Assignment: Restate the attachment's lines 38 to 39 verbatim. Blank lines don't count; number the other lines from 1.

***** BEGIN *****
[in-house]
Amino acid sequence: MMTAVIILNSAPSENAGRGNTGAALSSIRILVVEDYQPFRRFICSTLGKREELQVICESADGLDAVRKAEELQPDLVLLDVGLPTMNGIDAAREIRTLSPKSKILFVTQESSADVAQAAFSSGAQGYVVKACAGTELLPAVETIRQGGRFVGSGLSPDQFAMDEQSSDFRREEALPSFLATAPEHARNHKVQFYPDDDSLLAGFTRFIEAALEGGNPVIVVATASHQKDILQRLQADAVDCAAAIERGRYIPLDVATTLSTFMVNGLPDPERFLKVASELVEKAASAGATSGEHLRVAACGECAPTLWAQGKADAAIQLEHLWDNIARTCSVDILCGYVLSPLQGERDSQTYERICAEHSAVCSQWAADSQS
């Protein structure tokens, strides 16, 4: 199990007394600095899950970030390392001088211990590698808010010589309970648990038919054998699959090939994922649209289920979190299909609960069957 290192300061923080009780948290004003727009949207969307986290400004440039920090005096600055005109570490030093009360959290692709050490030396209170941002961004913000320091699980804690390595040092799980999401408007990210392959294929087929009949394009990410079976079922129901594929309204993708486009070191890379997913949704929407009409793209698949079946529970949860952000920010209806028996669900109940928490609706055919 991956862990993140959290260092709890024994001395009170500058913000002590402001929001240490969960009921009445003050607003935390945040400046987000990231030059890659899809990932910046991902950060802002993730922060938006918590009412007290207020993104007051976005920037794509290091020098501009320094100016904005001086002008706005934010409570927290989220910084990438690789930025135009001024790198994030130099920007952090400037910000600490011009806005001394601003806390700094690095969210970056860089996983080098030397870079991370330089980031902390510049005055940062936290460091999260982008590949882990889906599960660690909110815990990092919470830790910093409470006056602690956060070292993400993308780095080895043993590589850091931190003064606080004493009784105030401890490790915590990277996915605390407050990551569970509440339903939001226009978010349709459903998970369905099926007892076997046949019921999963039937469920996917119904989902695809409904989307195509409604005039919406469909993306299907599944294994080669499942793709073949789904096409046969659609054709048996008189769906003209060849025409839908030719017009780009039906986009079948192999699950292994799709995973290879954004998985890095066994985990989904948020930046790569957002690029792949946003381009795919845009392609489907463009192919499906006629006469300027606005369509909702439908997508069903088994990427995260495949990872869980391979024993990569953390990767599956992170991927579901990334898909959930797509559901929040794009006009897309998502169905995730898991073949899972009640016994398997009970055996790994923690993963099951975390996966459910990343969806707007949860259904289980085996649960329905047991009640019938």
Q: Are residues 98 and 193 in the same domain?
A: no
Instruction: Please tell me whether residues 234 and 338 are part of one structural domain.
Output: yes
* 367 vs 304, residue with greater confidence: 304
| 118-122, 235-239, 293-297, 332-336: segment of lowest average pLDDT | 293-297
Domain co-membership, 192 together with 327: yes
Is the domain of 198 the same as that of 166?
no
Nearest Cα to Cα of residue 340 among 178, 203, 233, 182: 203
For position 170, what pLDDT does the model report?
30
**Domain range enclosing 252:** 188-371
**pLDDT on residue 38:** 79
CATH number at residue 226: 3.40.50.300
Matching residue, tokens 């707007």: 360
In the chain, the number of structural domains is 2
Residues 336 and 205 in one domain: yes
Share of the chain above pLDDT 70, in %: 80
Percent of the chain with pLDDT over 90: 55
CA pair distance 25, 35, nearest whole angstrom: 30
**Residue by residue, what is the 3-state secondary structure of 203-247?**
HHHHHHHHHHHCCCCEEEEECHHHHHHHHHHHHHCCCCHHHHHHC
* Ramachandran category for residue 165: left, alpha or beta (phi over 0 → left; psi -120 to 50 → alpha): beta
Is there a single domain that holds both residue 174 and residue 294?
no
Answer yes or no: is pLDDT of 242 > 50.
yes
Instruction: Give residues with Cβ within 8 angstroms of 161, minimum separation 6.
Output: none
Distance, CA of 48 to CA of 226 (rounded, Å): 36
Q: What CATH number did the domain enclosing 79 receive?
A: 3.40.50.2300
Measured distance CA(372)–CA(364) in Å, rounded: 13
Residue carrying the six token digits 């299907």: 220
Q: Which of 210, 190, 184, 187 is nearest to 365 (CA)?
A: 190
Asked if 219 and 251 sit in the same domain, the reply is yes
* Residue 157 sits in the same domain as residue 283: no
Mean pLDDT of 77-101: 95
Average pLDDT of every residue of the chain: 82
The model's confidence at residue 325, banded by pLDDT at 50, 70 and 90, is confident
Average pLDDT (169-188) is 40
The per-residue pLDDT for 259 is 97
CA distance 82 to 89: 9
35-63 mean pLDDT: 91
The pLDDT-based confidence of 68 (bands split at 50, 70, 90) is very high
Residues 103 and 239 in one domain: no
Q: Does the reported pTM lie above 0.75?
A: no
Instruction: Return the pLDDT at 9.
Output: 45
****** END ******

Residue carrying the six token digits 């299907």: 220
Q: Which of 210, 190, 184, 187 is nearest to 365 (CA)?